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Sludge Report #159 - Gambling & Junkets

In This Edition: Who's Going To France With Air New Zealand? - Linda Clark Gets Down And Dirty On The Irresponsible Gambling Act

NOTE: Authors of this report will be anonymous and wide ranging, and occasionally finely balanced. Indeed you are invited to contribute: The format is as a reporters notebook. It will be published as and when material is available. C.D. Sludge can be contacted at The Sludge Report is available as a free email service..Click HERE - to subscribe...

Sludge Report #159

Who's Going To France With Air New Zealand?

C.D. Sludge being an initiated member of the wonderfully compliant and craven New Zealand media is well aware that it is mighty hard for an underpaid reporter to pass up the opportunity of a free return ticket to France.

Moreover, Sludge is also well aware that schmoozing as a public relations tactic can be kind of effective, albeit in a rather slimy sort of way. It is inevitably much easier to understand the point of view of someone who is providing you with a dosing of Moet & Chandon and a nice fillet mignon.

Therefore Sludge wonders which media other than the Dompost and yea olde Granny Herald have given permission to Air New Zealand to fly reporters - who have been in recent weeks covering the Qantas/Air New Zealand standoff with the Commerce Commission - off to France to view the Airline's brand new Airbus aircraft?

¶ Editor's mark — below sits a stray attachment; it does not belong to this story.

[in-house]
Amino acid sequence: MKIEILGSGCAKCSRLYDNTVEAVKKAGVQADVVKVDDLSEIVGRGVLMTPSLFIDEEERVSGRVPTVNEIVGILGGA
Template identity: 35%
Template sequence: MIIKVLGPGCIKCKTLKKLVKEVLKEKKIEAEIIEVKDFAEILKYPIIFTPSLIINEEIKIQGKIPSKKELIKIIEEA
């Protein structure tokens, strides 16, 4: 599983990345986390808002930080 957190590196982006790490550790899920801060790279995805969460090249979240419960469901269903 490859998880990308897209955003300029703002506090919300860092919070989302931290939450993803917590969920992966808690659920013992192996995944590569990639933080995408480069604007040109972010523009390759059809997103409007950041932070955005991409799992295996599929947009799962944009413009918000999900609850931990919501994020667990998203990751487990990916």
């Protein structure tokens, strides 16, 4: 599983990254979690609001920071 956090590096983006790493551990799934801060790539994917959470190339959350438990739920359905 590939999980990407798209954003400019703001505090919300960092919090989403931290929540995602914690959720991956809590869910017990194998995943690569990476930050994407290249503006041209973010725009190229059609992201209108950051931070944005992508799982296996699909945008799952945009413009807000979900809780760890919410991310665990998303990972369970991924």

Unless the airline alliance story is reassigned, these very same reporters will upon their return - from the vineyards of Toulouse – have to cover the Commerce Commission's findings on the hotly contested proposed Qantas/Air New Zealand alliance?

No doubt the timing of this junket is pure coincidence.


Linda Clark Gets Down And Dirty On The Irresponsible Gambling Act

Thanks to Radio New Zealand's Linda Clark's interview with United Future Leader Peter Dunne this morning it is now clear what happened with the brand new Irresponsible Gambling Act. It was as Sludge suspected, a dirty little deal done in the back rooms of the ninth floor and foisted at speed on an unsuspecting public.

For those who have not caught up on the news. The Irresponsible Gambling Bill became an Act last night.